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Hedge Funds vs. Mutual Funds: Which Is a Better Investment?

Your net worth could determine which is right for you

Two businessmen figures shaking hands on a stock market graph

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Among the investment products to choose from, hedge funds and mutual funds are two options that may seem attractive. Both funds provide the benefits of diversification through access to a pool of investment funds. But hedge funds are designed to target high-income investors. This means they come with higher fees and minimum investment requirements.

Once you understand these and other basics, you can decide if hedge funds or mutual funds are best for your personal investment objectives. Learn more about the differences and decide which is right for you.

What's the Difference Between Hedge Funds and Mutual Funds?

Hedge Funds Mutual Funds
Typically actively managed May be actively or passively managed
Typically a higher barrier to entry Typically accessible to any investor
Higher expenses Lower expenses
Potential for more consistent returns Potential for higher upsides and harsher downturns

Management Style

When investing in hedge funds or mutual funds, investors do not choose the securities in the portfolio; a manager or management team selects the securities. Hedge funds are usually actively managed. This means that the manager or management team can use discretion in the security selection and the timing of trades.

Mutual funds, on the other hand, can be actively managed or passively managed. If it is the latter, the mutual fund manager does not use discretion in security selection or the timing of trades; they simply match the holdings with that of a benchmark index, such as the S&P 500.


Hedge funds and mutual funds both have certain limitations on investing. These could be minimum initial investments, for instance. But hedge funds are not as accessible to the mainstream investor as mutual funds. Some hedge funds require that the investor have a minimum net worth of $1 million. These are often much higher than those needed for mutual funds.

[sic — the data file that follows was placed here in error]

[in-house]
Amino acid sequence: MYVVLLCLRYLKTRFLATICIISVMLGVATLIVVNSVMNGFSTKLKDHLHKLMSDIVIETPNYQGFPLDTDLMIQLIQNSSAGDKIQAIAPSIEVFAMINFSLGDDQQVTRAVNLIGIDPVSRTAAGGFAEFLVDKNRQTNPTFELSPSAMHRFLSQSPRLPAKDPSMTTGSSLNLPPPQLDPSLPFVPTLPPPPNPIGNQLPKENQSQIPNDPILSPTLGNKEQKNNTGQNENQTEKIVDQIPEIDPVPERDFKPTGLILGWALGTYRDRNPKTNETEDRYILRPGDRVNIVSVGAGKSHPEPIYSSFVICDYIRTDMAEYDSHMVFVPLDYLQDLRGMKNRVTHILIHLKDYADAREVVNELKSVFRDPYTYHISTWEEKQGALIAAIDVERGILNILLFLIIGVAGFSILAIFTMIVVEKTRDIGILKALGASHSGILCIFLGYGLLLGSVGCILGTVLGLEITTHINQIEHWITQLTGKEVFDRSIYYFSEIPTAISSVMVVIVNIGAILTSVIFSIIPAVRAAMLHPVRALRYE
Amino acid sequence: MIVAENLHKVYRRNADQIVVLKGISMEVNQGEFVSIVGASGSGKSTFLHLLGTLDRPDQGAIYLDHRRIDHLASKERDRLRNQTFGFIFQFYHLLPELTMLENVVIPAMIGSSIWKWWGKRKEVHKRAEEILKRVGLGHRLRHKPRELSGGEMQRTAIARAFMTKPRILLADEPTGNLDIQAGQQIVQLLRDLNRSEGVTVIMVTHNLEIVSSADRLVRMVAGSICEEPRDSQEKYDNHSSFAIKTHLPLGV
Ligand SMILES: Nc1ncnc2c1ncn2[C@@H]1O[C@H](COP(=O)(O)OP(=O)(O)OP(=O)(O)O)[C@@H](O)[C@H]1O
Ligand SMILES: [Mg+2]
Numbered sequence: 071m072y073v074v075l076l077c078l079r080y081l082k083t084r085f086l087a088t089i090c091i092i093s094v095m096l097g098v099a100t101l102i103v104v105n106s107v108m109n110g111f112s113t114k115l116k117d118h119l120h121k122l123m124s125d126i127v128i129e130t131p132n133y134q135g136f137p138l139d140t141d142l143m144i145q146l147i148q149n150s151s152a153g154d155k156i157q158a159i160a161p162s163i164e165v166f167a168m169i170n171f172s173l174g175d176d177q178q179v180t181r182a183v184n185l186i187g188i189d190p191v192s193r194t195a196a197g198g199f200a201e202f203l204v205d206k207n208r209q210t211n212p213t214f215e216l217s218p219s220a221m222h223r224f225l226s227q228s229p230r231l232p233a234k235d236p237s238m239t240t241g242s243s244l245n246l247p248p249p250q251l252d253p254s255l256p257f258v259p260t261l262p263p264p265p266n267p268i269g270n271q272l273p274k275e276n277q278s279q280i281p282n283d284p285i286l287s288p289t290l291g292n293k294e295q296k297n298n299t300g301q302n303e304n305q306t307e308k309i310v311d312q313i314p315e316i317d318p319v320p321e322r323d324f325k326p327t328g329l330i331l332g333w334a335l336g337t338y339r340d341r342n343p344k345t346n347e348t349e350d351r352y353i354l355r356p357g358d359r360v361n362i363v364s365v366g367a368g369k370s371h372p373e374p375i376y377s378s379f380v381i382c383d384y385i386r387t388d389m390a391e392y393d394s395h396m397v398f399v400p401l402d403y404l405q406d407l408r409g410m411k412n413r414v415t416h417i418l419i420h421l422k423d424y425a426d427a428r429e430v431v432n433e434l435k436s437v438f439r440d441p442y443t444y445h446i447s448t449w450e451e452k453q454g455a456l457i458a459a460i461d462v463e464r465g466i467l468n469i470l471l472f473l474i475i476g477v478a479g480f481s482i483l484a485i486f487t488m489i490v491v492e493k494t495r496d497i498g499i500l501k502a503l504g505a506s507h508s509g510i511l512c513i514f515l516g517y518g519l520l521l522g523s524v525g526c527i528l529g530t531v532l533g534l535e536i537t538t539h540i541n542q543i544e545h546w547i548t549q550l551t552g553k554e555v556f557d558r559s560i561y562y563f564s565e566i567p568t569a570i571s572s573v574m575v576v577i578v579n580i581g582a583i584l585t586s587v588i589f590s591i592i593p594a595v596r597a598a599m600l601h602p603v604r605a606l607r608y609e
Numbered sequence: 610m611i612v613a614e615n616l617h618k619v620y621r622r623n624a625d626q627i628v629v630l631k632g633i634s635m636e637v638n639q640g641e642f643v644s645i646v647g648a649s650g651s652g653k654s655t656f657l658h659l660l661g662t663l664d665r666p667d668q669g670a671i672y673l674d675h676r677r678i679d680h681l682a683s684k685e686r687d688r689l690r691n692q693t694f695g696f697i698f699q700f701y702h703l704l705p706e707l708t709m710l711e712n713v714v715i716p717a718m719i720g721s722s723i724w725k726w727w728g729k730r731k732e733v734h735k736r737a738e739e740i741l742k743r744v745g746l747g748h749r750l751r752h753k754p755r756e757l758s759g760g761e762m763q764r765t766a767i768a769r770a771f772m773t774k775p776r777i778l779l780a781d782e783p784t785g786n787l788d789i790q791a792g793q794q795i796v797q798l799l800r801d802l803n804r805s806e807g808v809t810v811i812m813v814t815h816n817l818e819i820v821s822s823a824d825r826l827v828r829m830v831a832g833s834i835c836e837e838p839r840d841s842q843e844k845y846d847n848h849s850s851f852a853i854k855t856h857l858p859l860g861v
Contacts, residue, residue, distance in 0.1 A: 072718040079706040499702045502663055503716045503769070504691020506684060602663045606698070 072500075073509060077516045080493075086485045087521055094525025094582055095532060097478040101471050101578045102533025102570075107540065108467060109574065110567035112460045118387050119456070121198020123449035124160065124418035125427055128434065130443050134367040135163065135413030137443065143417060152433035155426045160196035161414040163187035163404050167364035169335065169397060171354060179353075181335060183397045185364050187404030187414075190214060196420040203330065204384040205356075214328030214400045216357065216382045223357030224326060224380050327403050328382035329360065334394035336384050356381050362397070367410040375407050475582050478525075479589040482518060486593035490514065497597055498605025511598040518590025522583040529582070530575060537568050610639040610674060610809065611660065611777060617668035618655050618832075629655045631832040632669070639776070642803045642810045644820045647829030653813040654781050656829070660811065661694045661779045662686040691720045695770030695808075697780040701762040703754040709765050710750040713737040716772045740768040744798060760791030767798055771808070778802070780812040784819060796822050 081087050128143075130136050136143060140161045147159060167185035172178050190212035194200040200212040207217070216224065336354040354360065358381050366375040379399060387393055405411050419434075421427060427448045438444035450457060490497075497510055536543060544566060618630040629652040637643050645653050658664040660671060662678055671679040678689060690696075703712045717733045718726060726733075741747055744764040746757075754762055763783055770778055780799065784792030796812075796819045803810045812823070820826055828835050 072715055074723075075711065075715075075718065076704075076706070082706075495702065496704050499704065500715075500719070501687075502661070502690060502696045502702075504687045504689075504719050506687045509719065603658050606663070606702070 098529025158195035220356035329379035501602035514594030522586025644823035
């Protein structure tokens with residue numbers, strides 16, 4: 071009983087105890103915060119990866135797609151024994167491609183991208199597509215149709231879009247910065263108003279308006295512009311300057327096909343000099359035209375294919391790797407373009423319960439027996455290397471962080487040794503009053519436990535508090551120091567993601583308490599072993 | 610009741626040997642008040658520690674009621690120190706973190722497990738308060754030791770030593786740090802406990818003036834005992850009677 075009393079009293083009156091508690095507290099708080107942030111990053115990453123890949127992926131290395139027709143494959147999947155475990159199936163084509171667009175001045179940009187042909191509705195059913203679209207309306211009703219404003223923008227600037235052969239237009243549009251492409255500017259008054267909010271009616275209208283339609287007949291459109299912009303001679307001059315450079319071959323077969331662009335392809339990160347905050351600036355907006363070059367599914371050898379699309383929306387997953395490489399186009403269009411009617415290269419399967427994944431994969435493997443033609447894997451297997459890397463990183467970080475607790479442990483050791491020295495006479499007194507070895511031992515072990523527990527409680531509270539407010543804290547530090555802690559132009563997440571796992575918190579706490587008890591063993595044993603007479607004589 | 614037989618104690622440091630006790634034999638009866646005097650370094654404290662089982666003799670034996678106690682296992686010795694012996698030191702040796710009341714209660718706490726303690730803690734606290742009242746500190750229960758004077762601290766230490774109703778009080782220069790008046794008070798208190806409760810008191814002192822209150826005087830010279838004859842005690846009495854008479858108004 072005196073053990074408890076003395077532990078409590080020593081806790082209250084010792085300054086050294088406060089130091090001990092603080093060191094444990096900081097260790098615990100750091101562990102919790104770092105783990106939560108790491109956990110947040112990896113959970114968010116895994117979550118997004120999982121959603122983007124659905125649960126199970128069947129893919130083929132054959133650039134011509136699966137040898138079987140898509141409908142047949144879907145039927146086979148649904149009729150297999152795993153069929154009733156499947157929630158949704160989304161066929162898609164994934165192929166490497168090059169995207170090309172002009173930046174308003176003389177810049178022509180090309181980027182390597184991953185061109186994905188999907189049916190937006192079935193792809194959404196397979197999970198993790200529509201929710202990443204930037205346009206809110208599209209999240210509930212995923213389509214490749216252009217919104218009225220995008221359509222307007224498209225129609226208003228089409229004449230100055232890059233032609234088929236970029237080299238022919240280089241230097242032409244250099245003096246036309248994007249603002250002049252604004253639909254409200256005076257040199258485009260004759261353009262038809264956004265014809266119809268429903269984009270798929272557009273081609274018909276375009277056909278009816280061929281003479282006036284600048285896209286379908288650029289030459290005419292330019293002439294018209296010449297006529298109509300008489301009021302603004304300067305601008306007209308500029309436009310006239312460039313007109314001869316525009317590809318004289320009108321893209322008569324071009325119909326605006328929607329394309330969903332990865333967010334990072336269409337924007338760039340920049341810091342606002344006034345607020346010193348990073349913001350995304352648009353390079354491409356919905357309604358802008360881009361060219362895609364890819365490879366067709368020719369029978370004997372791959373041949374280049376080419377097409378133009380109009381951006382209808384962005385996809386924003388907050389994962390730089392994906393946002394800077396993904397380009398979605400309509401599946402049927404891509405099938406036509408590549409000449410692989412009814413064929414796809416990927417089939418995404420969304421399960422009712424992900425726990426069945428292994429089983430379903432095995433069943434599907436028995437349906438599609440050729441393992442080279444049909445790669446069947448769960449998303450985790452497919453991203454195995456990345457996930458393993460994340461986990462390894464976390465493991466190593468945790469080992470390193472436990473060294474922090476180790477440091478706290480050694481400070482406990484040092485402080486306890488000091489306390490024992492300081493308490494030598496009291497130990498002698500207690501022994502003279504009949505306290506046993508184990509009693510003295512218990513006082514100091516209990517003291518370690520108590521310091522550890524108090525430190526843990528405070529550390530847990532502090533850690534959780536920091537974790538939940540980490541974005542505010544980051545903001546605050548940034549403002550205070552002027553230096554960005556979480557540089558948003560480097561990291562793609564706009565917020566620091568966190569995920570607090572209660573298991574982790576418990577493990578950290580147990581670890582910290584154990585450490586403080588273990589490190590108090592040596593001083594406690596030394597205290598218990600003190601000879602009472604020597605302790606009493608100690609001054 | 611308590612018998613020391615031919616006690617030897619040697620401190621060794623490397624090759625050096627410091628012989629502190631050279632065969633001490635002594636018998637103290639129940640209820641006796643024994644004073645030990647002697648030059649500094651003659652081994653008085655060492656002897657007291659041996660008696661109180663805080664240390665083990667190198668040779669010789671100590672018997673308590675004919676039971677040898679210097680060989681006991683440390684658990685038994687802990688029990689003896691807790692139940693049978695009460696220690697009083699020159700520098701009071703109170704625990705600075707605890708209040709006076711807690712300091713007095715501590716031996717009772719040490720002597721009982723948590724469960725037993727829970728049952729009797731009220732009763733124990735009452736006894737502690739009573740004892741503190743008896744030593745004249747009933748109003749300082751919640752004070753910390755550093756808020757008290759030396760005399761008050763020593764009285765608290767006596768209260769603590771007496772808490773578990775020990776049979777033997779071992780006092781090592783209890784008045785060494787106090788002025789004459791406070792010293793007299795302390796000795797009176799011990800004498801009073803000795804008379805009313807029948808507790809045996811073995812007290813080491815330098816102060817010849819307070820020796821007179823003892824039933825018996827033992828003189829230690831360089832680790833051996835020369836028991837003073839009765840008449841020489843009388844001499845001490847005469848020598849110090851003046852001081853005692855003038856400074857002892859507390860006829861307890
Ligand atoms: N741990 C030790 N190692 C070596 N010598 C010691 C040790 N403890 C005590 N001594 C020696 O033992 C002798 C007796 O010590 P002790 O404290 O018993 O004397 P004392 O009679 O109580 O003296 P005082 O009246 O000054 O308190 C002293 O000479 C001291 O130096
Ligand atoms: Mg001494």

Some mutual funds will accept any amount of initial investment. Plus, none of them have net worth requirements.


Hedge funds typically have much higher expenses than mutual funds. For example, hedge funds often have expenses that exceed 2.0%, On the other hand, most mutual funds have expenses that are 1.0% or below.


Hedge funds may also take a cut of the profits before passing them along to the investors.


Hedge funds are designed to produce positive returns in any market environment. This is the goal even in recession and bear markets. However, because of this defensive nature, returns may not be as high as some mutual funds during bull markets.

For example, a hedge fund might produce a 4%–5% rate of return during a bear market; at the same time, the average stock fund may decline in value by 20%. During a bull market, the hedge fund might still produce low single-digit returns. The stock mutual fund could produce high single- or double-digit returns.

Over the long run, a low-cost stock mutual fund would most likely produce a higher average annual return than a typical hedge fund.

Which Is Right For You?

The average investor will not have a high net worth or the minimum initial investment needed to invest in hedge funds in the first place. For most people, a diverse portfolio of mutual funds and/or exchange-traded funds (ETFs) is a smarter choice than hedge funds.

This is because mutual funds are more accessible. They're also cheaper than hedge funds. Plus, long-term returns can be equal to or higher than those of hedge funds.

The Bottom Line

Hedge funds and mutual funds are structured in very similar ways. They pool funds from investors; then, they invest in a wide range of securities under the management of a professional.

Beyond those basic similarities, there are vast differences in goals, costs, and even in who is allowed to invest.

Hedge funds offer the potential for steady returns that outpace inflation while minimizing market risk. But most people will find they are better served by mutual funds.

Article Sources

  1. Office of Investor Education and Advocacy. "Hedge Funds."

  2. Office of Investor Education and Advocacy. "Mutual Funds."